10 High Yield Content Areas for the OBGYN Shelf Exam

OBGYN Shelf Exam

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  1. Urinary Incontinence: As with most of the items on this list, urinary incontinence in female patients has a workable differential of etiologies. Furthermore, it is a fairly common presentation that you can expect to see on the wards and in the clinics as a MS3/MS4. Focus on the various subtypes of urinary incontinence (e.g. – stress, urge, overflow, etc.), the associated risk factors for each, and the preferred treatments.
  2. Ovarian Tumors: This topic is an exercise in brute pathology, as the differential diagnostic considerations for ovarian tumors are extensive. At first, focus on the various categories of ovarian tumors (e.g. – epithelial, germ cell, etc.), subsequently leaning the different subtypes (e.g. mucinous cystadenoma, serous cystadenocarcinoma, etc.). Be sure to have a general sense about the incidence and mortality rates of the most common (and most lethal) subtypes. The more esoteric and rare ovarian tumors are lower yield.
  3. Sexually Transmitted Infections: Approach this topic by dividing it into several compartments. First, focus on the various vaginal infections (e.g. – bacterial vaginosis, trichomonas, etc.) and how to correctly diagnose/treat each subtype. Next, focus on the TORCH infections (e.g. toxoplasmosis, syphilis, etc.), and which symptoms they each can cause in newborns. Finally, treat HIV in pregnancy as its own distinct entity, reviewing which medications are contraindicated in pregnancy and how to best prevent vertical transmission from mother to newborn.
  4. Contraception: Focus on the various types of contraception, the benefits and drawbacks of each, the associated contraindications, and their relative efficacy rates. Be sure to also review the specific side effects for each method of contraception, and how they relate to other medical conditions (e.g. – systemic estrogen-containing OCPs can increase the risk of stroke).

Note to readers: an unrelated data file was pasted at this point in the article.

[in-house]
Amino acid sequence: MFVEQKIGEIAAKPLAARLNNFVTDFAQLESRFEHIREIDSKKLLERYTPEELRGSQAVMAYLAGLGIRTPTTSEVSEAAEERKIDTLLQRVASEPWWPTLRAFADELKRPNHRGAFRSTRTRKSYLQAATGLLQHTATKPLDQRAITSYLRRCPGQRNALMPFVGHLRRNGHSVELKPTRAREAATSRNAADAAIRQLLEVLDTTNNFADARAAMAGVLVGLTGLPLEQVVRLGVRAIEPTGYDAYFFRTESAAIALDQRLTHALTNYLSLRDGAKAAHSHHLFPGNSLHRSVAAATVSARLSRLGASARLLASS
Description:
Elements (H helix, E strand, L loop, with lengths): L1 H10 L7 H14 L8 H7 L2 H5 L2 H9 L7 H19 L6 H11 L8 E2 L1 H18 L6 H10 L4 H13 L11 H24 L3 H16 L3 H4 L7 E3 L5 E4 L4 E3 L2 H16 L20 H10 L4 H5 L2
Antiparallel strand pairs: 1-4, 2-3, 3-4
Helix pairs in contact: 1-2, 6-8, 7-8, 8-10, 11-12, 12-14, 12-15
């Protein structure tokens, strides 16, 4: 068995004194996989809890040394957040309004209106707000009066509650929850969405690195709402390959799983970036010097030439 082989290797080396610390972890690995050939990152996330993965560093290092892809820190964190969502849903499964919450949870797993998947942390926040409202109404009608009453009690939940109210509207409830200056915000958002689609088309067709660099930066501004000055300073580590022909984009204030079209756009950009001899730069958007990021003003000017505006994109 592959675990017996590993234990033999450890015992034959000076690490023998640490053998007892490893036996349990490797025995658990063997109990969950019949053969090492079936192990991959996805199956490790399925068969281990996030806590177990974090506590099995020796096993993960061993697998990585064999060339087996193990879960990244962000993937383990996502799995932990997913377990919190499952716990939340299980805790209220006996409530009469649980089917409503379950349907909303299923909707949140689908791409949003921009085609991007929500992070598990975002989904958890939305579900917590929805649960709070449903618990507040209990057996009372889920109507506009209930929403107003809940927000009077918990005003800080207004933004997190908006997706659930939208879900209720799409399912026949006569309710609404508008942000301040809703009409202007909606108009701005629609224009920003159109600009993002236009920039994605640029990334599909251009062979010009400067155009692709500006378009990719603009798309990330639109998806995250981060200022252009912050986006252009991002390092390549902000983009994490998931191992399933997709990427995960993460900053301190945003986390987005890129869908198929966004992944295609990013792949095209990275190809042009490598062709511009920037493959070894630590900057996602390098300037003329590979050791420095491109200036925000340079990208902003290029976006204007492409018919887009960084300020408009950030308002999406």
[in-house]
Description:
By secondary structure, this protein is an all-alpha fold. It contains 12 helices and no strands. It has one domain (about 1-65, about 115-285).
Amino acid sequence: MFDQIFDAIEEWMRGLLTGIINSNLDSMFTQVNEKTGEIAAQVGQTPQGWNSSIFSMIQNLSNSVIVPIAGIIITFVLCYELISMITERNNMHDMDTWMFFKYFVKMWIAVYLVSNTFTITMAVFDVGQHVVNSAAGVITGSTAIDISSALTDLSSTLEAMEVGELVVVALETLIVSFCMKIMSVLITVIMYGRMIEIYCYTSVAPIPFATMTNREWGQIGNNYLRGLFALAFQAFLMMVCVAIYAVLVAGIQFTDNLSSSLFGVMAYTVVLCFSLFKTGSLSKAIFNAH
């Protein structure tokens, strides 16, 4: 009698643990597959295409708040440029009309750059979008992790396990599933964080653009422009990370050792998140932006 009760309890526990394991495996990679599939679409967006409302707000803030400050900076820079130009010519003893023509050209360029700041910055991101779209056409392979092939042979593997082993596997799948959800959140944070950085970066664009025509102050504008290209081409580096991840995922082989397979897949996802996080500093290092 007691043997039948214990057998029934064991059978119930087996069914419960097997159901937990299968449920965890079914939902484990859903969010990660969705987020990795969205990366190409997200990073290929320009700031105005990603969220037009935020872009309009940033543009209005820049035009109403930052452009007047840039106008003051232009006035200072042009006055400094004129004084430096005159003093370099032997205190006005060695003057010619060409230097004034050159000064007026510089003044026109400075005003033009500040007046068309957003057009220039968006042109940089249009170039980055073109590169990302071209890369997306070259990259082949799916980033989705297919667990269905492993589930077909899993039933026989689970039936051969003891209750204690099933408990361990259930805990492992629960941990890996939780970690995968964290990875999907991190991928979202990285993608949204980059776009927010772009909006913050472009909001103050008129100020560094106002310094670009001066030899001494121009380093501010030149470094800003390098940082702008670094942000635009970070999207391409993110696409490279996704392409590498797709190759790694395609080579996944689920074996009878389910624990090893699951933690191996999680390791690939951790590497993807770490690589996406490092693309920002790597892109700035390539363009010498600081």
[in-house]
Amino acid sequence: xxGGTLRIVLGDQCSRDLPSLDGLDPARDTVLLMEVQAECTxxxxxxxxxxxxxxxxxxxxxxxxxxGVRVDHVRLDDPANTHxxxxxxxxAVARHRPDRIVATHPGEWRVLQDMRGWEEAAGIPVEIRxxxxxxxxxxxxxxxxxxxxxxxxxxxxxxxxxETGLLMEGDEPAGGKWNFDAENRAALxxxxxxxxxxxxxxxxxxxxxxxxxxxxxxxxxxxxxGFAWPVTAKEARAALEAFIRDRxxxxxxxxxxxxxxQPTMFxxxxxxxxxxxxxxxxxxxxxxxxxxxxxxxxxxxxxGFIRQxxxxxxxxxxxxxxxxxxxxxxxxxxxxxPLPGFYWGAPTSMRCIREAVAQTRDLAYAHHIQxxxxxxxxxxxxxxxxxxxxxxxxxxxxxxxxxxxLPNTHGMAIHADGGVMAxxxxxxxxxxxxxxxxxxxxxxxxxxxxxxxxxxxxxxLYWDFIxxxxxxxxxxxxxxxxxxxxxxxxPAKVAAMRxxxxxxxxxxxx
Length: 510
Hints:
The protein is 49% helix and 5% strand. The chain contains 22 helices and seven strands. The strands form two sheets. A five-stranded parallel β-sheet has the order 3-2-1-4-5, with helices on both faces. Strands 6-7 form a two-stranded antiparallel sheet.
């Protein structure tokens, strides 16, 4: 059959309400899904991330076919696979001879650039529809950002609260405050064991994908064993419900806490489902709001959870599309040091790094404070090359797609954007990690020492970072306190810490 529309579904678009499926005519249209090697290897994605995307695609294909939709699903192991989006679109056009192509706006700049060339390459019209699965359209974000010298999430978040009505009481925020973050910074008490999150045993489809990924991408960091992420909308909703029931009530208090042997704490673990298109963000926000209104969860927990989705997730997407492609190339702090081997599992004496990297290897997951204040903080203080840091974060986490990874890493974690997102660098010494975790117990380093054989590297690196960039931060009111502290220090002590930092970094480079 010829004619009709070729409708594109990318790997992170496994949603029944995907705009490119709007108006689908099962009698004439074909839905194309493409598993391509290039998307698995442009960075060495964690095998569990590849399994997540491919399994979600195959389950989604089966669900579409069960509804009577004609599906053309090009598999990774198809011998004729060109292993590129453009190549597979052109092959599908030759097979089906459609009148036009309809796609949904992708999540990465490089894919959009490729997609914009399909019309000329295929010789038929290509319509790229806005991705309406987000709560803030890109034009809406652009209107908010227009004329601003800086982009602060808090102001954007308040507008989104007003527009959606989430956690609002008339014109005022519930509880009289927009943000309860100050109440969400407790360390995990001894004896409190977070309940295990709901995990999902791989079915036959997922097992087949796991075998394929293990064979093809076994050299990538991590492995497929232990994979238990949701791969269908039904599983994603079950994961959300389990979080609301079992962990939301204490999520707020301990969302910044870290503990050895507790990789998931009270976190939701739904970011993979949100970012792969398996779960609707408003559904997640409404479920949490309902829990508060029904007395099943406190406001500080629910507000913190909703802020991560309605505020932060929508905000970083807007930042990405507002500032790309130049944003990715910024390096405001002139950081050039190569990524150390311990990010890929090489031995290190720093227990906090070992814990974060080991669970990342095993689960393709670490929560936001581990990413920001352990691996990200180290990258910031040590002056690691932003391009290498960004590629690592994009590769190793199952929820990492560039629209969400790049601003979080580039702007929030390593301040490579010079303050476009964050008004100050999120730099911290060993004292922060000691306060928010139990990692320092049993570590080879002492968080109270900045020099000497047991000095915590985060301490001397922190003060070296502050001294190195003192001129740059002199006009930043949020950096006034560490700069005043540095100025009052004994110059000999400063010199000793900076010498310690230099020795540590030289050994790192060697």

5. Amenorrhea: Another very large but important topic containing a wide differential. Focus on the various etiologies of primary and secondary amenorrhea, the workup and diagnostic considerations for each etiology, as well as optimal treatment and management strategies. Since the anatomy etiologies are quick to learn and fairly intuitive, this can be quickly reviewed first. Subsequently, turn your attention to the endocrine and environmental etiologies of amenorrhea.

  6. Infertility: Break this topic into male and female causes of infertility, and start with male as the differential is shorter (e.g. – varicocele, idiopathic abnormality of the sperm, etc.). Then, subdivide the various etiologies of female-based infertility in smaller groups (e.g. – ovulatory factors, tubal factors, endometriosis, etc.), and learn the approach to work-up that will help your distinguish between each clinical entity both on the exam and in clinic.
  7. Abnormal Bleeding: For this topic, make sure to risk stratify the patient into a broader category that fits their age, pregnancy status, and clinical history. For example, in a post-menopausal female, almost any vaginal bleeding is worrisome and is suggestive of endometrial malignancy until proven otherwise. However, in a patient who is in their third trimester of pregnancy, clinical entities such as threatened abortion or placenta previa are prioritized.
  8. Hypertensive States of Pregnancy: This broad topic includes items such as preeclampsia, eclampsia, HELLP syndrome, etc. Be sure to know the risk factors for each of these hypertensive states, the diagnostic criteria that distinguish between each individual entity, and the best next steps in diagnostic confirmation and management.
  9. Cervical Cancer Screening: The highest yield items within this topic encompass the general approach to cervical cancer screening, including when to begin a screening regimen, the preferred intervals between screening examinations, and when screening can be safely discontinued. Also, be sure to review the major classes of epithelial cell abnormalities that can be seen on Pap smear, as well as the management for each classification of cervical intraepithelial neoplasia (CIN). Finally, be aware of the relation between cervical cancer and the relevant HPV subtypes, as well as vaccination options.
  10. Breast Cancer Screening: Review the ACOG guidelines for breast cancer screening options, including the patient self-examination, the clinical breast exam and imaging studies such as mammography, ultrasound, and MRI. Review the risk factors (and protective factors) for breast cancer, as well as the various options of management. Similarly, review the differential for breast pain and nipple discharge, including both the neoplastic and non-neoplastic causes of both.
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